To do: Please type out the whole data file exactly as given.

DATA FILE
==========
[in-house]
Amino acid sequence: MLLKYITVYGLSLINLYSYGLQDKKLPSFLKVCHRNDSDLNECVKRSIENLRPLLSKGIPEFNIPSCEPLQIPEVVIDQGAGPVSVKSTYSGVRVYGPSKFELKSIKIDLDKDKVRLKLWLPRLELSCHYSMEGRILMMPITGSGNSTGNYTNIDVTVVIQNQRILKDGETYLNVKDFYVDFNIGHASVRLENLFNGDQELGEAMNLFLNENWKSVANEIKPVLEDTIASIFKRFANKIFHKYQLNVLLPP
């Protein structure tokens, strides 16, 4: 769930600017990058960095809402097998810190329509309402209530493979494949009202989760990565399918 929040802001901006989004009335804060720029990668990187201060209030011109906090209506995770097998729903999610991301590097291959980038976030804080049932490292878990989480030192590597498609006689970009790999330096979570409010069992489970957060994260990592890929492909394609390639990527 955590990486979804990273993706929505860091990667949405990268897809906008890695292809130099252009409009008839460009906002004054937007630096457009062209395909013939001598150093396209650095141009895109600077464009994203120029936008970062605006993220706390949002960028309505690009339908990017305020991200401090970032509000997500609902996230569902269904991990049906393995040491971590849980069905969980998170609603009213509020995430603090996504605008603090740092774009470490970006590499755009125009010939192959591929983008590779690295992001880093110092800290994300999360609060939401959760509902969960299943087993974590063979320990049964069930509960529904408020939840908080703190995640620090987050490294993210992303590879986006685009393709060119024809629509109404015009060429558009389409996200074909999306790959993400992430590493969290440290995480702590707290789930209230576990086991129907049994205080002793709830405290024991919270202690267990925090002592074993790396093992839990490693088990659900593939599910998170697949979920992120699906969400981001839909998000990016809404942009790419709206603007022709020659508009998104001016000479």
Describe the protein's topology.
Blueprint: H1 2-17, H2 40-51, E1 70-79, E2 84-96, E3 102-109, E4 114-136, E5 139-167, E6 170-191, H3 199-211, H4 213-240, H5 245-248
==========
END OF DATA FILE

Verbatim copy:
[in-house]
Amino acid sequence: MLLKYITVYGLSLINLYSYGLQDKKLPSFLKVCHRNDSDLNECVKRSIENLRPLLSKGIPEFNIPSCEPLQIPEVVIDQGAGPVSVKSTYSGVRVYGPSKFELKSIKIDLDKDKVRLKLWLPRLELSCHYSMEGRILMMPITGSGNSTGNYTNIDVTVVIQNQRILKDGETYLNVKDFYVDFNIGHASVRLENLFNGDQELGEAMNLFLNENWKSVANEIKPVLEDTIASIFKRFANKIFHKYQLNVLLPP
């Protein structure tokens, strides 16, 4: 769930600017990058960095809402097998810190329509309402209530493979494949009202989760990565399918 929040802001901006989004009335804060720029990668990187201060209030011109906090209506995770097998729903999610991301590097291959980038976030804080049932490292878990989480030192590597498609006689970009790999330096979570409010069992489970957060994260990592890929492909394609390639990527 955590990486979804990273993706929505860091990667949405990268897809906008890695292809130099252009409009008839460009906002004054937007630096457009062209395909013939001598150093396209650095141009895109600077464009994203120029936008970062605006993220706390949002960028309505690009339908990017305020991200401090970032509000997500609902996230569902269904991990049906393995040491971590849980069905969980998170609603009213509020995430603090996504605008603090740092774009470490970006590499755009125009010939192959591929983008590779690295992001880093110092800290994300999360609060939401959760509902969960299943087993974590063979320990049964069930509960529904408020939840908080703190995640620090987050490294993210992303590879986006685009393709060119024809629509109404015009060429558009389409996200074909999306790959993400992430590493969290440290995480702590707290789930209230576990086991129907049994205080002793709830405290024991919270202690267990925090002592074993790396093992839990490693088990659900593939599910998170697949979920992120699906969400981001839909998000990016809404942009790419709206603007022709020659508009998104001016000479």
Describe the protein's topology.
Blueprint: H1 2-17, H2 40-51, E1 70-79, E2 84-96, E3 102-109, E4 114-136, E5 139-167, E6 170-191, H3 199-211, H4 213-240, H5 245-248